"Would you know what para-tattvam is?"

"Why not? RanganAtha who is lying inside the sanctum is the para-tattvam."

ParAshara BhaTTa fell at the feet of the unCha-vRddha. His disciples understood that vidyA--education, that does not make one realize God is only a burden.


020. A touch of avarice

A bhakta who was a merchant was in intensive prayer: "Hey bhagavAn! I took up selling salt, but it rained. Then I took up selling flour, but windstorm swept it away! Only you should arrange for my daily living. I promise you that whatever business I take up, I shall give you daily, half the share of the profit earned."

On the first day, he got a profit of one rupee, and gladly dropped a half rupee coin in the huNDi--receptacle for money kept in temples. Then as the days passed, he was happy contributing five, ten, twenty, fifty and a hundred rupees to God.

Then he prayed, "God! I shall drop your half-share once a week henceforth. Please bear with me."

The bhakta started dropping a thousand, and then five thousand rupees in the huNDi. But these days dropping money in the huNDi did not give him happiness. Thereafter, he came to a decision to contribute once in a month, and promptly sent the contribution of thousands of rupees through his trusted servants, although he was not happy about it.

As time moved on, the circle of his kith and kin widened. His family grew into a wife and many children. The bhakta became a full-time merchant and rose to the level of going overseas for his business.

Selling abroad whatever commodities he took with him and then buying things from there, he returned home by a long voyage. When he calculated, he found out that he had earned a sum of fifty lakh rupees, and was shocked that he should give half of it to God. Not only that he was unhappy, but felt distressed at his plight.

God, for the first time, laughed at his bhakta. The ship he travelled next time was caught in a storm and the captain ordered a jettison...

Sources for the stories 13-20: kumudam bhakti Tamil magazine issues.
021. Desires forecast coming events
From 'Parables of Rama' by svAmi RAma TIrtha

A lady went to a photographer to have her picture taken. The professional photographer took her picture on a sensitive film with his expensive camara. When he developed the negative he found indication of smallpox on her face. Her face had appeared clean as she sat for the photograph, and yet there were unmistakable indications of the dreaded disease. Astonished, he rang up the lady and said that the picture did not come alright and that they might need another try.

What the photographer did not know was that the lady developed smallpox within a few hours after she reached home. The reason was that her sister had smallpox and had sealed with her lips a letter she sent to the lady. Although there were no indications to the eye, the highly sensitive film found it out.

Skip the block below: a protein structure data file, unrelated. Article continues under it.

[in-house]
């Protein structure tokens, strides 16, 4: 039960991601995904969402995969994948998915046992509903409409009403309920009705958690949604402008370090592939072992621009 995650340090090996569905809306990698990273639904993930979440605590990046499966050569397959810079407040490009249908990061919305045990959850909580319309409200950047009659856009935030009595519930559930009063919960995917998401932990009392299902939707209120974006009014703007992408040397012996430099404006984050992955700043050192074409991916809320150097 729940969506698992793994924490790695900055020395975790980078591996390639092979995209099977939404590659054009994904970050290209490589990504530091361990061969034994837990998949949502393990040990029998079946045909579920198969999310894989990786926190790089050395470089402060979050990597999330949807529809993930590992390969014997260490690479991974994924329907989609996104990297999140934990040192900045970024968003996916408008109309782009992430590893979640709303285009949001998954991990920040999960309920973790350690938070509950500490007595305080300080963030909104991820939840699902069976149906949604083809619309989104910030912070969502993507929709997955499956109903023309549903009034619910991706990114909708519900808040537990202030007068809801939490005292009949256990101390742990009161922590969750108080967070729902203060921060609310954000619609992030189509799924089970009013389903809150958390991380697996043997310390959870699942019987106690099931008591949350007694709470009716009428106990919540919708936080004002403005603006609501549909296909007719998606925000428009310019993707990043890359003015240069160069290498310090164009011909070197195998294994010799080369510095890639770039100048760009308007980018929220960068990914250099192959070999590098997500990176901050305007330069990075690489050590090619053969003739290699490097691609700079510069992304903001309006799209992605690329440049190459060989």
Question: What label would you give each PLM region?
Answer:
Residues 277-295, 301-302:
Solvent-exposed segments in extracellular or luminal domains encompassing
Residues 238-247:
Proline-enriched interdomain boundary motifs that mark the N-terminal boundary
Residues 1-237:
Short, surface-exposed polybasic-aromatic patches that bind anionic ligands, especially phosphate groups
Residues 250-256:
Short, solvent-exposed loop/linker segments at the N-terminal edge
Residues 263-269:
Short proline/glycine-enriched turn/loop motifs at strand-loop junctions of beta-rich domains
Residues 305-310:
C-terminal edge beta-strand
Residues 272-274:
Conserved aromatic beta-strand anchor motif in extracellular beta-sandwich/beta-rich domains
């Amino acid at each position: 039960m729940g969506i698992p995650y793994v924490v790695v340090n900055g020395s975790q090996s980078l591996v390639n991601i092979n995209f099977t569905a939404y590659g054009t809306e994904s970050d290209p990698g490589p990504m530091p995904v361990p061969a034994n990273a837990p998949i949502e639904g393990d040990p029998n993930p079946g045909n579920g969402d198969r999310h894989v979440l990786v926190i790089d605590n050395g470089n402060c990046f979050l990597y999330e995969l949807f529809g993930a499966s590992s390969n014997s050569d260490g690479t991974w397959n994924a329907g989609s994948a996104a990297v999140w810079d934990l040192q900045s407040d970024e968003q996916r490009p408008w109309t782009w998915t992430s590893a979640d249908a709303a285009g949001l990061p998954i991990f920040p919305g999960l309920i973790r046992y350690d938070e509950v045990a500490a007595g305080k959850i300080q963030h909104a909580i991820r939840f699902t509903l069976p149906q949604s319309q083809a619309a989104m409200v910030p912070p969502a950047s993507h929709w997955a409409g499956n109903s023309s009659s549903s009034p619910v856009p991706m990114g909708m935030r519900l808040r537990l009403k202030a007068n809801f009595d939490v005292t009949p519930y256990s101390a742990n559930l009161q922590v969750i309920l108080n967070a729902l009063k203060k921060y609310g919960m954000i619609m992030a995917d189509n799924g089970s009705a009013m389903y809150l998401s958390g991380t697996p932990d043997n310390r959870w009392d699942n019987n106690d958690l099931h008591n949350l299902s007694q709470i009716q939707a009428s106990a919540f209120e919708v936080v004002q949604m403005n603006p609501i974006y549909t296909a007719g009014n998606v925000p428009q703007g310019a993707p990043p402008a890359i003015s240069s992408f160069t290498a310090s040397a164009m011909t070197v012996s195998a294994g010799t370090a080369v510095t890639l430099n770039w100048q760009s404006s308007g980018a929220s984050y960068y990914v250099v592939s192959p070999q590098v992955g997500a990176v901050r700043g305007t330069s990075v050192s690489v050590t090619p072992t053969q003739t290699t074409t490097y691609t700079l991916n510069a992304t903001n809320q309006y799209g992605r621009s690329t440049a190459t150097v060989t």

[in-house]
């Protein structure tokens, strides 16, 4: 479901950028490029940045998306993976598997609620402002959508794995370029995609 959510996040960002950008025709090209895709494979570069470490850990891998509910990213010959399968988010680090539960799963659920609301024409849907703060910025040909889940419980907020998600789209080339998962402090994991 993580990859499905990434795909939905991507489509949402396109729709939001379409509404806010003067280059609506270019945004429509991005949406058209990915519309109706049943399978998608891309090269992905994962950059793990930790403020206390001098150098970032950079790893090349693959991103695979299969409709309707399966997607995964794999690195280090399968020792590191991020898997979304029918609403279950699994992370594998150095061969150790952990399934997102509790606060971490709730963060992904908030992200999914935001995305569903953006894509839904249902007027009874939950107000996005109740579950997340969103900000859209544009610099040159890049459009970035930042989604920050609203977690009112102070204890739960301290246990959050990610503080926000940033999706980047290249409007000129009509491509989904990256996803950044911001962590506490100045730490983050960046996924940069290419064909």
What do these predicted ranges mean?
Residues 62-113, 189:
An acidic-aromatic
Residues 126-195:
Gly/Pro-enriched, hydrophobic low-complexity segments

Such are our desires, index of events which are sure to come to pass.


022. Spontaneous diffusion of good
From 'Parables of Rama' a Sufi story told by svAmi RAma TIrtha

Long ago there lived a saint who was so godly that the angels were surprised and came down to investigate. They found that the saint simply went about his daily life, diffusing virtue, even as a flower wafts its fragrance.

They found that two words summed up his day: he gave, he forgave. Yet those words never fell from his lips but were expressed in his ready smile, kindness, forbearance, and charity.

The angels asked God to give the man the gift of miracles. God consented, and the angels asked the man what sort of miraculous capability did he wish.

Would he prefer to heal the sick with the touch of hand?
No, he would rather like God to do it.

Would he prefer to convert guilty souls and wandering hearts to the right path?
No, it was the mission of the angels; he does not convert people.

Would he like to become a model of patience and virtue so people might adore him?
No, if he liked it, people would be attracted to him--not to God.

Finally, the angels said, "No way, you must ask for a gift of miracle or else one will be forced on you."

"Very well", said the saint, "that I may do a great deal of good without ever knowing it."

The perplexed angels contemplated it and finally resolved that whenever the saint's shadow fell behind him or sideways in a way that he couldn't see it, the shadow would have the power to heal, comfort, and nourish. This meant that the shadow would effectively cause the sick to heal, withered plants to grow, give clear water to dried up brooks, fresh colour of health to pale children, and joy to unhappy mothers.

But the saint simply went about his daily life, diffusing virtue as the star diffuses light and the flower perfume, without even being aware of it. And the people respecting his humility, followed him silently, never speaking to him about his miracles. Little by little, they came even to forget his name, and called him only "The Holy Shadow".


023. Why We Shout When In Anger